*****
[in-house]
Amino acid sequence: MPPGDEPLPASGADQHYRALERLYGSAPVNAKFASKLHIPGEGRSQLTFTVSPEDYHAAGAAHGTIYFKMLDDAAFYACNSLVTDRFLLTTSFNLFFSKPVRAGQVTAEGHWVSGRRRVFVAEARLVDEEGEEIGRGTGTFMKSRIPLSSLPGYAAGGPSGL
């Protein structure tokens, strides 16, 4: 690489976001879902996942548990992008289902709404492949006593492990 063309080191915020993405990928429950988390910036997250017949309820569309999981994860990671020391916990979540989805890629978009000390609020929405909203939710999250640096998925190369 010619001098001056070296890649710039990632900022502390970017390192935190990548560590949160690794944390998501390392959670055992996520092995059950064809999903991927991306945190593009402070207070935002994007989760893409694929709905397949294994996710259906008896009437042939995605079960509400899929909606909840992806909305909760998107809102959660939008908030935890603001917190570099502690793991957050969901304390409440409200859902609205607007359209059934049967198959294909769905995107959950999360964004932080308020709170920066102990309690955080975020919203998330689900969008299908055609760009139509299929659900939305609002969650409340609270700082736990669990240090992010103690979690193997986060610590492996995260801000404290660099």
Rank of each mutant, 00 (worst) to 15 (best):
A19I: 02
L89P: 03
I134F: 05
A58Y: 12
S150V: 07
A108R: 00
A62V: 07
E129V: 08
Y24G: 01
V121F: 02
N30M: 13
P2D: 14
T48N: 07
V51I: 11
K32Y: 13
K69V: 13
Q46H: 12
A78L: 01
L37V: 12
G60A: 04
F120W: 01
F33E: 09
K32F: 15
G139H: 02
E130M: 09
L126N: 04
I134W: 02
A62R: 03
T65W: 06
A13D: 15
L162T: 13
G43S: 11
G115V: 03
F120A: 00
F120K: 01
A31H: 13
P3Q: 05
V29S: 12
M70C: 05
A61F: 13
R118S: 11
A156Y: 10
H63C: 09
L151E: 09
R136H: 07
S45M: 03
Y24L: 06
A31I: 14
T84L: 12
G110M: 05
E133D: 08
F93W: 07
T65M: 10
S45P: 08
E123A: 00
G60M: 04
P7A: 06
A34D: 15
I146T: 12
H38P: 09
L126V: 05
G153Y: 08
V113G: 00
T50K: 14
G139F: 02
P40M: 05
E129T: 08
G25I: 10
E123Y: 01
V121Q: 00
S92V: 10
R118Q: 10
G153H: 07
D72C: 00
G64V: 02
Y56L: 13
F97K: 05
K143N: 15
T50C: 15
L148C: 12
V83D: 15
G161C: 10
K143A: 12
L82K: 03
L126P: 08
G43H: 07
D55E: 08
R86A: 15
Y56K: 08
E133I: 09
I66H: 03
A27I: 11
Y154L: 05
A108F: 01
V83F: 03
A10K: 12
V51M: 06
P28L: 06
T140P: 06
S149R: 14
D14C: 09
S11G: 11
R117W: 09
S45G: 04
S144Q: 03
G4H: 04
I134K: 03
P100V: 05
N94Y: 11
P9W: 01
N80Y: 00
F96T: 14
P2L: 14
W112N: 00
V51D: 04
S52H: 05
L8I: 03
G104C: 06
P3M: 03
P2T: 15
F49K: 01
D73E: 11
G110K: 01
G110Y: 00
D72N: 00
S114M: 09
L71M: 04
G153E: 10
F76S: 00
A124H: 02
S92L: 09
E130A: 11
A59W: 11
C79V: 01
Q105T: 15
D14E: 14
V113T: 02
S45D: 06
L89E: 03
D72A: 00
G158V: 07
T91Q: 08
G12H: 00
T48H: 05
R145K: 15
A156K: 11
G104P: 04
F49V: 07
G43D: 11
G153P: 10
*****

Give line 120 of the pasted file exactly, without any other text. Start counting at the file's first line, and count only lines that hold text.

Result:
S52H: 05